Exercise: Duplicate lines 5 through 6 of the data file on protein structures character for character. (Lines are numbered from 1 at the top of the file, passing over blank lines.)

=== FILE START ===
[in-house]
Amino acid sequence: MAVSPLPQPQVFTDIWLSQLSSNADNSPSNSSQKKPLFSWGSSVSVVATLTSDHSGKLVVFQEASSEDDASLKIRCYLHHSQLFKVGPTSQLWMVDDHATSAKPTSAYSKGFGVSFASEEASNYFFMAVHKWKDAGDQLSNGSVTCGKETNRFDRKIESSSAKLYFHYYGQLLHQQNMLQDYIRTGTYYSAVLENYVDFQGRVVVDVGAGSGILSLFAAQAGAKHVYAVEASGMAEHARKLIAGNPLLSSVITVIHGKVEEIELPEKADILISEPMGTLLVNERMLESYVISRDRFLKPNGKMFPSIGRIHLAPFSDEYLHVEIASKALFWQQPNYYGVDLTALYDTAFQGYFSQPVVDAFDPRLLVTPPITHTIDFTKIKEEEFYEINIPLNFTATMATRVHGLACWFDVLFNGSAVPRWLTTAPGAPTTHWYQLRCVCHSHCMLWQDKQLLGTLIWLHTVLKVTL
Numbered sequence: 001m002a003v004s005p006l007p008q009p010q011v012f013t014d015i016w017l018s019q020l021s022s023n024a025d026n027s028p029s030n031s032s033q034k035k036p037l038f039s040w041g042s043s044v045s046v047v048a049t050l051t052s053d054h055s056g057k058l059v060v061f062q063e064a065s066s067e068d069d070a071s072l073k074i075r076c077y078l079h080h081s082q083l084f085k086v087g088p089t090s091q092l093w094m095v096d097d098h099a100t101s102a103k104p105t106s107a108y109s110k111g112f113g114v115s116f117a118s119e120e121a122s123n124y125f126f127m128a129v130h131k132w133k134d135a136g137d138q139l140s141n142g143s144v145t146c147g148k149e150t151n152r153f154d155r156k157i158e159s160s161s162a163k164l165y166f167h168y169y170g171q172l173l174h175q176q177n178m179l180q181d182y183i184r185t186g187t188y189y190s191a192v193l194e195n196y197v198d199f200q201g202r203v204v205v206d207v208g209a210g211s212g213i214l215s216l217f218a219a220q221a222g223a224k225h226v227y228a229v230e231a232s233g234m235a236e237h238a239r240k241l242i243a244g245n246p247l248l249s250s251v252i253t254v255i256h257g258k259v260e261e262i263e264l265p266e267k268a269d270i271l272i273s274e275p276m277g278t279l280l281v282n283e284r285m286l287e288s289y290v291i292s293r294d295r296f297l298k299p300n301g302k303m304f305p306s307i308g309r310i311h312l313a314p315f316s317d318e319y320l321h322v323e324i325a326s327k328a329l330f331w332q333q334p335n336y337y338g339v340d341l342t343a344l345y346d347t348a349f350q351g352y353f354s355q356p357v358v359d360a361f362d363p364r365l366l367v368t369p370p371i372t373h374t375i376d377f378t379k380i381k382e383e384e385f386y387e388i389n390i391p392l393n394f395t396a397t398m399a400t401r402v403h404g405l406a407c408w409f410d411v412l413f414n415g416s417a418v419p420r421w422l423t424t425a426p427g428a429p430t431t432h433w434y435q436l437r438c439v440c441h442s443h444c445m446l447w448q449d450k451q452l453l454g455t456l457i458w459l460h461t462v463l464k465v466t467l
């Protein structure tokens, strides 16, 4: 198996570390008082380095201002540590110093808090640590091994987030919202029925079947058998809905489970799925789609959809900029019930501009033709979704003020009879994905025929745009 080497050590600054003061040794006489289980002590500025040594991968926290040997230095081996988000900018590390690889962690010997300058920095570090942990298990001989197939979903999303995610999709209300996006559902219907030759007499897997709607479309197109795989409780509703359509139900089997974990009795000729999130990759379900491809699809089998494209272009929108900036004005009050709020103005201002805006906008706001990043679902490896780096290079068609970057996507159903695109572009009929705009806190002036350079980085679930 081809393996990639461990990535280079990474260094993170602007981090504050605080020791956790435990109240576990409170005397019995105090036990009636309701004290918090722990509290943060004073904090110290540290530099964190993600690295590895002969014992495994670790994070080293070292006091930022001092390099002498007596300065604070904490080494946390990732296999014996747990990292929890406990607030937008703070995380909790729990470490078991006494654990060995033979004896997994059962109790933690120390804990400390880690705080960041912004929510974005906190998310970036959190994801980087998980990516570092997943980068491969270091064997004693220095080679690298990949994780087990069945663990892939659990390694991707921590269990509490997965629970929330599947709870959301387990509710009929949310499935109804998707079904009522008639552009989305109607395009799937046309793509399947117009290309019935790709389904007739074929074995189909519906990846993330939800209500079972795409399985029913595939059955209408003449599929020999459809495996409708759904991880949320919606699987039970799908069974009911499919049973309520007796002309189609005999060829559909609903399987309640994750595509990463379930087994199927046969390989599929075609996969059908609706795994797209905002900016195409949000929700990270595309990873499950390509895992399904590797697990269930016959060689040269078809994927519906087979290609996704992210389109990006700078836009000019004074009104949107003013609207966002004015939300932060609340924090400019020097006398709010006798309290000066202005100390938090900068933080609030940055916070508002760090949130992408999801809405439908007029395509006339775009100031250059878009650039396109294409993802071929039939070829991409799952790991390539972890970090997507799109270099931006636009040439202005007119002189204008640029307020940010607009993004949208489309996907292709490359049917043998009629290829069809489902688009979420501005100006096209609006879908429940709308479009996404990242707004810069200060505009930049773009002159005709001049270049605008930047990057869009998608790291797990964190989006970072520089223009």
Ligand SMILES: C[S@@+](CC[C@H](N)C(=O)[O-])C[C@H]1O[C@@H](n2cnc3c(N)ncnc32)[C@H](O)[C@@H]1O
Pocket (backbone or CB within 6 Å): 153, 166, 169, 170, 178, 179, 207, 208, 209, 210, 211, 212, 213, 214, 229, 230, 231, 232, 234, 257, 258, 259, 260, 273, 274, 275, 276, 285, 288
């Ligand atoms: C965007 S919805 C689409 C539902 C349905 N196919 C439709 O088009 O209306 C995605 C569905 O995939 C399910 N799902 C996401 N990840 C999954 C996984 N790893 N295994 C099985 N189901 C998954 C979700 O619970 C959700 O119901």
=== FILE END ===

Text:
Ligand SMILES: C[S@@+](CC[C@H](N)C(=O)[O-])C[C@H]1O[C@@H](n2cnc3c(N)ncnc32)[C@H](O)[C@@H]1O
Pocket (backbone or CB within 6 Å): 153, 166, 169, 170, 178, 179, 207, 208, 209, 210, 211, 212, 213, 214, 229, 230, 231, 232, 234, 257, 258, 259, 260, 273, 274, 275, 276, 285, 288